Nutrition and Athletic Performance
by sterlingcarter, September 11, 2017
Having treated a variety of athletes from the elite level to the
weekend warrior, the same question is often asked, “What should I
eat to be the best I can be?”
This question was answered back in 2000 and then updated in
2009 with a position statement by the American Dietetic
Association, Dietitians of Canada, and the American College of
Sports Medicine. There statement was as follows,
“…physical activity, athletic performance, and recovery from
exercise are enhanced by optimal nutrition.”
In this detailed paper, they outline the types of food an athlete
should consume, and when they should consume them in relation
to the timing of an athletic event.
They also provide recommendations about supplementation for the athlete.
Here is a brief overview of the article, but we recommend that you
view the online reference for the complete details.
» The athlete should consume enough food to
maintain body weight, energy levels, and for peak
» Adequate levels of carbohydrates should be
consumed to maintain proper energy levels. It is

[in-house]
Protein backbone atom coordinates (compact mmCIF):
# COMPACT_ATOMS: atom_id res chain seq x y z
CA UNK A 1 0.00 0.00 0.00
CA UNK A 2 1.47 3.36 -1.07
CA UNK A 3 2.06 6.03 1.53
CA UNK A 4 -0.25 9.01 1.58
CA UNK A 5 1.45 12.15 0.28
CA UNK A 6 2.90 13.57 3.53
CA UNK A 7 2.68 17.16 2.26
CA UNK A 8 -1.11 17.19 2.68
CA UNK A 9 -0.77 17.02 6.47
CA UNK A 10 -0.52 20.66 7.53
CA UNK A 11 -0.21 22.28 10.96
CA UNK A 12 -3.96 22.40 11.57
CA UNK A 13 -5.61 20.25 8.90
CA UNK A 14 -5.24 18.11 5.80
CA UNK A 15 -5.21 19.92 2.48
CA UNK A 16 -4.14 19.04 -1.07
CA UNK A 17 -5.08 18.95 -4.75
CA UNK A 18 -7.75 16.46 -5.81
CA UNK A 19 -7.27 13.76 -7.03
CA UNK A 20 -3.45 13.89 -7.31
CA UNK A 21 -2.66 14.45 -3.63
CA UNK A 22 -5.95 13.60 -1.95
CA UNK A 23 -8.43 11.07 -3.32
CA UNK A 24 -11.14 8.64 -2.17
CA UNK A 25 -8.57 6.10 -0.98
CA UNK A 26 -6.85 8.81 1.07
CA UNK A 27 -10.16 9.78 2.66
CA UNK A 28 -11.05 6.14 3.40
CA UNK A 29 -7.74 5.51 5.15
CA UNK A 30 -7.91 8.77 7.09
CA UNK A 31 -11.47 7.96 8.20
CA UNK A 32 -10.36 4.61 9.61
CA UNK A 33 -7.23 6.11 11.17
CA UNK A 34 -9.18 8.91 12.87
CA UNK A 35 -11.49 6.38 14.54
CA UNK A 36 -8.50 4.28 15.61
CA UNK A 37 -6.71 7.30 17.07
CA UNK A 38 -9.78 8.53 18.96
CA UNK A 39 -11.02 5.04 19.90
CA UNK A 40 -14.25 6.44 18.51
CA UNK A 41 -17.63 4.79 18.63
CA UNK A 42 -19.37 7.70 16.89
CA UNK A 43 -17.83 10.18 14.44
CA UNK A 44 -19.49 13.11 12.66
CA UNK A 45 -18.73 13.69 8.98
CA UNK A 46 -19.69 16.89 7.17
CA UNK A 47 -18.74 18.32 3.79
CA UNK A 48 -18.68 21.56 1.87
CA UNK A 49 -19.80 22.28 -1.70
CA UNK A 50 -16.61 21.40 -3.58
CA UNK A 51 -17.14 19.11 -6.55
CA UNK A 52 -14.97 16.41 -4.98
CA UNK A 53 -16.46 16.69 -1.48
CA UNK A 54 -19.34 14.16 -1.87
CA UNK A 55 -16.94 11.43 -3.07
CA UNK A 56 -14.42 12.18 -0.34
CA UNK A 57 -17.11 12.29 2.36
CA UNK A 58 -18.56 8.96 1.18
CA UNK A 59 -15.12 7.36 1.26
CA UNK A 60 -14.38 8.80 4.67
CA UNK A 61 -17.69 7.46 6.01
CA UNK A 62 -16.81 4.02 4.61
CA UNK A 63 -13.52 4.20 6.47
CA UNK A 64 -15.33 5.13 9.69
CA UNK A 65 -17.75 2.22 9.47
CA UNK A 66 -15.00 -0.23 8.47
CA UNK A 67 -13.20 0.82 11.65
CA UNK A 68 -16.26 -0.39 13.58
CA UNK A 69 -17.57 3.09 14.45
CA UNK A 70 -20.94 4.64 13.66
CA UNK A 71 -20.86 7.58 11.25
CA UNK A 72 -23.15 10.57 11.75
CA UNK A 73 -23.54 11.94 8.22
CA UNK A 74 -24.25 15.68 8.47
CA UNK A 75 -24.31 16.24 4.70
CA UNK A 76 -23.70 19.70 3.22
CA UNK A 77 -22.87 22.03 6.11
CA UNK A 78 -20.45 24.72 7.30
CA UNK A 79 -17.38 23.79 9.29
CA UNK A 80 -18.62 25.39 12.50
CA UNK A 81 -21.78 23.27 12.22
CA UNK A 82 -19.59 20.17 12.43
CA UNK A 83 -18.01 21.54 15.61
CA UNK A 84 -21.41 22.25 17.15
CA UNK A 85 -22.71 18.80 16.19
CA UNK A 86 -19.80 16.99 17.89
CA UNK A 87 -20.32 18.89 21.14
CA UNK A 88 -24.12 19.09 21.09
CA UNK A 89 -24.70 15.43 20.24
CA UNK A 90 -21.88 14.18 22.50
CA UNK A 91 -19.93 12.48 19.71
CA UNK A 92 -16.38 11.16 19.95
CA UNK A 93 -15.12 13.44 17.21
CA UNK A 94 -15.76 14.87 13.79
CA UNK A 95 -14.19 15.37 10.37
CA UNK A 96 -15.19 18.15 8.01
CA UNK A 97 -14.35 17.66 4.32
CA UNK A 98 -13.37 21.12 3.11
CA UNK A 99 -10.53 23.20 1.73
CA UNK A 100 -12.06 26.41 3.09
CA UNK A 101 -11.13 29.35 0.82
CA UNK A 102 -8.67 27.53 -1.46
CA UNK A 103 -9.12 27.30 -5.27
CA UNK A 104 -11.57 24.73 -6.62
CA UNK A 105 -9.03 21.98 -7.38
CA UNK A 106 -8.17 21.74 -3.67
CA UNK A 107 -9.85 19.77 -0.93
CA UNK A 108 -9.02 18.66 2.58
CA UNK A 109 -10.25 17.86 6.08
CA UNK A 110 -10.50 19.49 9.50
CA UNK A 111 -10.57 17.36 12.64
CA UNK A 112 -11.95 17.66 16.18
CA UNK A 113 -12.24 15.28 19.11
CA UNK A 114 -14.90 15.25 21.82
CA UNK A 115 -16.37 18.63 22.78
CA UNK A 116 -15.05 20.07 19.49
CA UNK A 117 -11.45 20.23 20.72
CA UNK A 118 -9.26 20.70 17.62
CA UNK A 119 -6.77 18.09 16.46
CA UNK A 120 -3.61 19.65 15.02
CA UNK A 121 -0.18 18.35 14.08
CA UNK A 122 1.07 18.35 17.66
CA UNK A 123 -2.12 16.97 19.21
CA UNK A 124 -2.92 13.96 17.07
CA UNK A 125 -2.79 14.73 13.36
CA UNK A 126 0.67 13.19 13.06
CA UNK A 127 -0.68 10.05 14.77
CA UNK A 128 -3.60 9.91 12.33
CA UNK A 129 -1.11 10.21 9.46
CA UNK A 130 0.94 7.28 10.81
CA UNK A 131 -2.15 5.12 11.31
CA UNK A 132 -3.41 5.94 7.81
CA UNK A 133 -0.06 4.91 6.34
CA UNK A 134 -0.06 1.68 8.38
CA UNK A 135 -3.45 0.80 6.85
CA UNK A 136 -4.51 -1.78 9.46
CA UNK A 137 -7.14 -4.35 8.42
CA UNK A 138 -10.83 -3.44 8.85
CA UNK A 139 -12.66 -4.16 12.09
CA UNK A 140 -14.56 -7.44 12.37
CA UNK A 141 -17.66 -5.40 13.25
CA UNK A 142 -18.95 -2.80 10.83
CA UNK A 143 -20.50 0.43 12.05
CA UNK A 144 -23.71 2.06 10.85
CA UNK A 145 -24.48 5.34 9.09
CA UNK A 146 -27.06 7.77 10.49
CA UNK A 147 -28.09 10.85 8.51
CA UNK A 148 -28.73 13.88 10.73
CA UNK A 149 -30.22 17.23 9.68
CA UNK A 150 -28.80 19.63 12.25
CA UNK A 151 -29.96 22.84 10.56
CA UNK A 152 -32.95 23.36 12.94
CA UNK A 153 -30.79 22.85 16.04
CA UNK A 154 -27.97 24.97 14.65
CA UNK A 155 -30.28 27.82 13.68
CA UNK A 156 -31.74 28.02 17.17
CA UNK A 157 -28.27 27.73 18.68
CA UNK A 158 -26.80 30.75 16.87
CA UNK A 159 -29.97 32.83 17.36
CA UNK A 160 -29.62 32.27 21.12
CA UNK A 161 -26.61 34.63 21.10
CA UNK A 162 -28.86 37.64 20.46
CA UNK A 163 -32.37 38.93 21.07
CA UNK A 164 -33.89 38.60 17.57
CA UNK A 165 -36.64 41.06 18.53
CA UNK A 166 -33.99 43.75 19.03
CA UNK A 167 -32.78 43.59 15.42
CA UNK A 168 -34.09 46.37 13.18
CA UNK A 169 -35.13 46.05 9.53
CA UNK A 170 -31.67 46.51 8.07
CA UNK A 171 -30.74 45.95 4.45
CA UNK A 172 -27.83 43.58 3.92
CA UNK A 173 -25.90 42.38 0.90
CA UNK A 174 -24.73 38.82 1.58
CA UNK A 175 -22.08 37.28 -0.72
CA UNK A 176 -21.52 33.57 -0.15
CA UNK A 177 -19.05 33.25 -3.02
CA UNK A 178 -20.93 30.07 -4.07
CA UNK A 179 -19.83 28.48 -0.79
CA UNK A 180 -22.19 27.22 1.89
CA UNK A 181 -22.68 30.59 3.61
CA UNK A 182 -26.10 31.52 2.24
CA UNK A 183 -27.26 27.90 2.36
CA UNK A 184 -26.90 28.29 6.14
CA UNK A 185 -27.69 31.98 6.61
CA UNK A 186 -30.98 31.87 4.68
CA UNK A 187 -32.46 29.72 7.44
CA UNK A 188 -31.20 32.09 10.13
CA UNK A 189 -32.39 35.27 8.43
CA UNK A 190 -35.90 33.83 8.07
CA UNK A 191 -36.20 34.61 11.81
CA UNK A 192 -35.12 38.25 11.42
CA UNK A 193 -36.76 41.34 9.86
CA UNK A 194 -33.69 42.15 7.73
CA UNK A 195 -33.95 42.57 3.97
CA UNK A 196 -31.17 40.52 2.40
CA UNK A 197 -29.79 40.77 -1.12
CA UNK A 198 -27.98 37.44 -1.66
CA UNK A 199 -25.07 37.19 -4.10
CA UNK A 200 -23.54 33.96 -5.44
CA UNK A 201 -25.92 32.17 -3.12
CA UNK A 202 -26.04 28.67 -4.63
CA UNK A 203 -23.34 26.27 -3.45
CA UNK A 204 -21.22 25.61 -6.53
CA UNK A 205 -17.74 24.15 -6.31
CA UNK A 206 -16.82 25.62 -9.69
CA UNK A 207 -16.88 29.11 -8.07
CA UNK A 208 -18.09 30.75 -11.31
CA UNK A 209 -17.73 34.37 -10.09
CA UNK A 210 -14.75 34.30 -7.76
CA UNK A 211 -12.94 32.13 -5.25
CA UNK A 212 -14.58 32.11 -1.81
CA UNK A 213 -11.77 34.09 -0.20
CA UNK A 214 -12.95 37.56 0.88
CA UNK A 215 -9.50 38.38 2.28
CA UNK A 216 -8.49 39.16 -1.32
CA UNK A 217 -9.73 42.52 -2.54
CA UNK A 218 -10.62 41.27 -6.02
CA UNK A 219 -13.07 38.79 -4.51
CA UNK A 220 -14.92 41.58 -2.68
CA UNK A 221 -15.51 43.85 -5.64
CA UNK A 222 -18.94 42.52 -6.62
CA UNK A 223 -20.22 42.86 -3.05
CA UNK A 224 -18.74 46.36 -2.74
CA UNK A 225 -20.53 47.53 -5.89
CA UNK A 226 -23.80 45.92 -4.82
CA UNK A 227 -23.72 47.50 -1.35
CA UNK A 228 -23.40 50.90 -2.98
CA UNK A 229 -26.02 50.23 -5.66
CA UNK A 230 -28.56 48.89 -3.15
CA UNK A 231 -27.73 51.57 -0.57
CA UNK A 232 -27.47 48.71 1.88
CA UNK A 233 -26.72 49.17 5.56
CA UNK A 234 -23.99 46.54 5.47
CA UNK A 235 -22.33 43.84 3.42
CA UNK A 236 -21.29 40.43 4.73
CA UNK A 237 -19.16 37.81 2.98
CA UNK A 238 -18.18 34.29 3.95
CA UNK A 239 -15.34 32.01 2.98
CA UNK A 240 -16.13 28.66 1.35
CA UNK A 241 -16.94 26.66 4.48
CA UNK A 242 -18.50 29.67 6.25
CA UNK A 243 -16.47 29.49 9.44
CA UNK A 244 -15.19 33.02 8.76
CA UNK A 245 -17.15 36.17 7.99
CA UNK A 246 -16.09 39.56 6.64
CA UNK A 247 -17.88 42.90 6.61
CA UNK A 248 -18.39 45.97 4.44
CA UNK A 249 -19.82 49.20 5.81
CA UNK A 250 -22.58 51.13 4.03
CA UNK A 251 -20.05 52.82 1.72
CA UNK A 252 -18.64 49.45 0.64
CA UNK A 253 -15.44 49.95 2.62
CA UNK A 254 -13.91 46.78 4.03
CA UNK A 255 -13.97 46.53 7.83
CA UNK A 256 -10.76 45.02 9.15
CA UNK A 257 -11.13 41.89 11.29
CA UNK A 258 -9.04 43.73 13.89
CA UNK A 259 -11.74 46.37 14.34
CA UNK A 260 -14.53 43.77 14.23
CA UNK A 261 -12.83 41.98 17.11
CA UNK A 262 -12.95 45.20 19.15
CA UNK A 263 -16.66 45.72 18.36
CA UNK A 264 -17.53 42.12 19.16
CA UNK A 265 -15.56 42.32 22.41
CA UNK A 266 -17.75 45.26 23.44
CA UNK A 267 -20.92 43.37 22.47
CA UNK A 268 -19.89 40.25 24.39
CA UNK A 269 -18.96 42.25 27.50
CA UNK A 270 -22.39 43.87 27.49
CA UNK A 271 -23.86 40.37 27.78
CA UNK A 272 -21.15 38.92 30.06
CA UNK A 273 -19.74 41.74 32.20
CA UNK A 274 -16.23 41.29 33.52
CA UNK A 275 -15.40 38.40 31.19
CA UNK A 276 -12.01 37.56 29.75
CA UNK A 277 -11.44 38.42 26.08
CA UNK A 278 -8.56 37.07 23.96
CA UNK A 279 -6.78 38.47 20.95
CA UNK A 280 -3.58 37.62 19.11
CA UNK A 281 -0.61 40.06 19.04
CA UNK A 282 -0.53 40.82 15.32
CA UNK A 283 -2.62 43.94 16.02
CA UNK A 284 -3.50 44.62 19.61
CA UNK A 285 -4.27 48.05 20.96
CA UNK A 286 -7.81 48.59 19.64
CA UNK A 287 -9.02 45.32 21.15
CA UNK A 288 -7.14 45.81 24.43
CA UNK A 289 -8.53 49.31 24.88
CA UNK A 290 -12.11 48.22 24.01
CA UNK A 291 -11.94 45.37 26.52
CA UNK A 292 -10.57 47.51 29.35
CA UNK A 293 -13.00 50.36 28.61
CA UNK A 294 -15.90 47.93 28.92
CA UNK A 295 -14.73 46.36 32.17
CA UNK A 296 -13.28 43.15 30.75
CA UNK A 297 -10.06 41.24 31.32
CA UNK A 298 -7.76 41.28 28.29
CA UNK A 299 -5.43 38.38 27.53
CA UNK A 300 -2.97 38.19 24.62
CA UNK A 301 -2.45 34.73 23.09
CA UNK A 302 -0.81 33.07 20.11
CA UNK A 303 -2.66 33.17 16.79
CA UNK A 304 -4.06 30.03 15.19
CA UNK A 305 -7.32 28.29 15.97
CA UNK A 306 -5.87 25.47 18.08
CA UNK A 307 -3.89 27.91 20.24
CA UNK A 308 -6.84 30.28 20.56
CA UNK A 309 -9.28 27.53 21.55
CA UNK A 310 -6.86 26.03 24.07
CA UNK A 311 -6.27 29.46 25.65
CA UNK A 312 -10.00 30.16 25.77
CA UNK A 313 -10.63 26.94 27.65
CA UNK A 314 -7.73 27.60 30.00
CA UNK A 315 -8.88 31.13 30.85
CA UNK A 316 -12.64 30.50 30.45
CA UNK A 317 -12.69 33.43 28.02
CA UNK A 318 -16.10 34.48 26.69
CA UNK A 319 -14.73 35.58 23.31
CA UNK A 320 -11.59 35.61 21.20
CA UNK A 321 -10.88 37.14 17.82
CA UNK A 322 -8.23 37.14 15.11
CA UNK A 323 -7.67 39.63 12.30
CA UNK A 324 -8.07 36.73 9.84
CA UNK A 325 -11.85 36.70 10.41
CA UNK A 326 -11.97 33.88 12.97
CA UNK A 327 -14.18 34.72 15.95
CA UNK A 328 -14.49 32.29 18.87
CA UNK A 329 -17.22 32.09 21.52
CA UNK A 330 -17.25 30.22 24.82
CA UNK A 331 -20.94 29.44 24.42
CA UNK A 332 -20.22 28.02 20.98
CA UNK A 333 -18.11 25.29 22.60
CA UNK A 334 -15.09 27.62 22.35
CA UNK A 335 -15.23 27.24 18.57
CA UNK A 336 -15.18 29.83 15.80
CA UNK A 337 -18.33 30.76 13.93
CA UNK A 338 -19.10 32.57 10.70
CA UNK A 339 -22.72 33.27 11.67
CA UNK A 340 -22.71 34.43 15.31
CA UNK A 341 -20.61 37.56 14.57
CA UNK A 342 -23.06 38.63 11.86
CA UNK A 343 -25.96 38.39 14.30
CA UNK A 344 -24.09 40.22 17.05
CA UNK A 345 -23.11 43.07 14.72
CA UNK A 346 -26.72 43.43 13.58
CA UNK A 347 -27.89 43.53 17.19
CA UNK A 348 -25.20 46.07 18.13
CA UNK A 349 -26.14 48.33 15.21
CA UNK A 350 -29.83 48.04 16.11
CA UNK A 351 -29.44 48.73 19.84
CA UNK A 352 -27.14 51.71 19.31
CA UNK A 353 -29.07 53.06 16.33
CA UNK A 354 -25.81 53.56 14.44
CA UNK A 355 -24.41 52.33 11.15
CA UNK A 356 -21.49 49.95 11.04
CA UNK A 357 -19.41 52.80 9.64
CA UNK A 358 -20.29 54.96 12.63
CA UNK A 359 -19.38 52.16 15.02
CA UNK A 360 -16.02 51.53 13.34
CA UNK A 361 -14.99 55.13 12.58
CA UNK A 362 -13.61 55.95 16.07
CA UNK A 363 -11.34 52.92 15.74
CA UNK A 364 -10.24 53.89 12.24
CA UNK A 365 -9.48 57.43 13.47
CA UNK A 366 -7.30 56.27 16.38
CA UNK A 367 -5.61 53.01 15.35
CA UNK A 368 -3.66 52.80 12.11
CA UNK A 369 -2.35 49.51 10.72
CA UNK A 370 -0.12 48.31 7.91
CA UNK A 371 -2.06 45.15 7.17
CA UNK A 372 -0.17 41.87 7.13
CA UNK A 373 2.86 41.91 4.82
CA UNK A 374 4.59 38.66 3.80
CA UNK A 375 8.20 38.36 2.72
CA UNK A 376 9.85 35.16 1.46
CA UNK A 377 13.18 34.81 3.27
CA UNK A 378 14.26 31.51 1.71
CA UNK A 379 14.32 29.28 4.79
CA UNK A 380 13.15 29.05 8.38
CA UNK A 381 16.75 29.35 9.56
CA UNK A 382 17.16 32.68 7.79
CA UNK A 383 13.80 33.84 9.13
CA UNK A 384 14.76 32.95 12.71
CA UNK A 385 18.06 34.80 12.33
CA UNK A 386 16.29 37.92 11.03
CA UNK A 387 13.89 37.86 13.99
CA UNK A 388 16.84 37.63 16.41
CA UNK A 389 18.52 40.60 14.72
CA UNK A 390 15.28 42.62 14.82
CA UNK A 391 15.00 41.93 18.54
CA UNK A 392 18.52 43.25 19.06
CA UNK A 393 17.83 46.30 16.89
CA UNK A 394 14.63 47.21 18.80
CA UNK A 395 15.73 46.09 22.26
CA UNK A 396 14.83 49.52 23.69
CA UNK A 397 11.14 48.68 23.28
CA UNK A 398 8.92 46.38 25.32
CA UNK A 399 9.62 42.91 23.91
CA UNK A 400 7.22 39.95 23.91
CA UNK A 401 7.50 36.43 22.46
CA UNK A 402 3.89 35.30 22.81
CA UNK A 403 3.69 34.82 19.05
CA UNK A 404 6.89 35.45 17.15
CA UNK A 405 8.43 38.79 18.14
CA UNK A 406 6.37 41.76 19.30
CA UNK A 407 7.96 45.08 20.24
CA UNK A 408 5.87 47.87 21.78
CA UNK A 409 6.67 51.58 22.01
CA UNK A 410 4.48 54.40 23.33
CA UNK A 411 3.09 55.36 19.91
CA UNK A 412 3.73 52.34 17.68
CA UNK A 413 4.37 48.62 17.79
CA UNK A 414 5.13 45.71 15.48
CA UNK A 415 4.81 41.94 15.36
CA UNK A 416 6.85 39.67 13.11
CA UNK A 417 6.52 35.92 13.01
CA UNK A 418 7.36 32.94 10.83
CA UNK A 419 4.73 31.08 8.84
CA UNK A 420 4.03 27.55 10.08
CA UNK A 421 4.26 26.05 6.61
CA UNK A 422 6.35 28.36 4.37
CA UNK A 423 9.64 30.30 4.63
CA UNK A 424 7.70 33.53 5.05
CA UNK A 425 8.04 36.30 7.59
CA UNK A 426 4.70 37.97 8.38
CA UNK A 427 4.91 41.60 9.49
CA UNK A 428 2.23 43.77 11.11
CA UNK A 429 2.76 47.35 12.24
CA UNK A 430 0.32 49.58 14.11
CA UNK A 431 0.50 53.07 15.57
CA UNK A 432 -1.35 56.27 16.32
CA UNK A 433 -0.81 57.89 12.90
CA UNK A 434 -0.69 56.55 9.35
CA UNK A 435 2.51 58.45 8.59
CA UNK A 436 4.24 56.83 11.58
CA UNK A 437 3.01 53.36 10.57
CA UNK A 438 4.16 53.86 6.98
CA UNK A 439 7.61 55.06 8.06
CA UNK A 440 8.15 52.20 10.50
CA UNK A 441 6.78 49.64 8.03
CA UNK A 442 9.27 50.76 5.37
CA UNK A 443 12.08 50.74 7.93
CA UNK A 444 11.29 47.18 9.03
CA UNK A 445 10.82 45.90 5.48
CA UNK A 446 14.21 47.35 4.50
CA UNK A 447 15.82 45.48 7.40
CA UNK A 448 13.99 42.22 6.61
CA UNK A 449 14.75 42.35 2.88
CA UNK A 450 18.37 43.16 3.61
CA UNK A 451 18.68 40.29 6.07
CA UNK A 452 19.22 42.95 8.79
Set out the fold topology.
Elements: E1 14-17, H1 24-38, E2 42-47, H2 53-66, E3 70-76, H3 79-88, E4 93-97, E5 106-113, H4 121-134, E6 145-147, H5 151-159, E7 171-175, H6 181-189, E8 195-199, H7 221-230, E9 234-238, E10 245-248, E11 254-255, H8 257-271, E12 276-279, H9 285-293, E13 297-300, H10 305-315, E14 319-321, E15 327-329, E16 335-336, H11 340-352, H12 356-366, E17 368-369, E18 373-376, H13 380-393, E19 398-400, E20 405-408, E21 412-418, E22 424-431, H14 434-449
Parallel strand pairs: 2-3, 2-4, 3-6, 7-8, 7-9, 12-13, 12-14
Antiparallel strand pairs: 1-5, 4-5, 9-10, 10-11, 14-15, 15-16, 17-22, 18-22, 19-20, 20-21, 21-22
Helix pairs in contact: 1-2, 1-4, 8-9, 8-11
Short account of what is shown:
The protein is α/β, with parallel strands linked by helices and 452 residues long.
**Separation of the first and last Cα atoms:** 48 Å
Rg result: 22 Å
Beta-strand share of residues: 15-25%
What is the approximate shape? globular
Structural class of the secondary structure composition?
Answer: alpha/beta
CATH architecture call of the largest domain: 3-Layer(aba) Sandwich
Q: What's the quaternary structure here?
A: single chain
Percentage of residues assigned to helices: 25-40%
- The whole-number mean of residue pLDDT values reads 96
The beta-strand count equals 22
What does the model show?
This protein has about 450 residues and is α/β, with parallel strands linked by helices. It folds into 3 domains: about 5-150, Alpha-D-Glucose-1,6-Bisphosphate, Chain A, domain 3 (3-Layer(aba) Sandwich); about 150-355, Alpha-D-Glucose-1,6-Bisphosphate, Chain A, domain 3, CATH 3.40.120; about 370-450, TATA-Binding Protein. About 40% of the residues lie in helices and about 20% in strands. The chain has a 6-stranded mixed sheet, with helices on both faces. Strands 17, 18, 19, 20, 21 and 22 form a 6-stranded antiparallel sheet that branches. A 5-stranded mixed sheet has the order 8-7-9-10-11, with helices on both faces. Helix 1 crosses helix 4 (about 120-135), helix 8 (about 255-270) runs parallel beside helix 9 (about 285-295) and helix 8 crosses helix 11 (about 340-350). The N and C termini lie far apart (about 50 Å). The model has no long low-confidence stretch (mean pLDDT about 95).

generally recommended to eat 6-10 grams of
carbohydrate per each kilogram of body weight.
Therefore, a 100 kilogram person should be
consuming 600 – 100 grams of carbohydrate per
» Endurance athletes should consume 1.2 – 1.4
grams of protein per kilogram of body weight, and
resistance and strength trained athletes should
consume 1.6 – 1.7 grams of protein per kilogram of
» Fats should comprise approximately 20-25% of an
athlete’s diet. Fats are important sources of energy
» Proper fluid intake is important. Approximately 2
hours before competition, an athlete should drink 14
to 22 oz of fluid, during exercise an average of 24
oz of fluid should be consumed per hour of
exercise, and after exercise the athlete should drink
24 oz of fluid for each pound of body weight lost
during competition or practice.
» No vitamin or mineral supplements should be
required if an athlete is eating a variety of foods and
obtaining the recommended carbohydrate, protein
and fat nutrition.
Until next time.
Dr. Sterling L. Carter, PT, DPT, MS, CSCS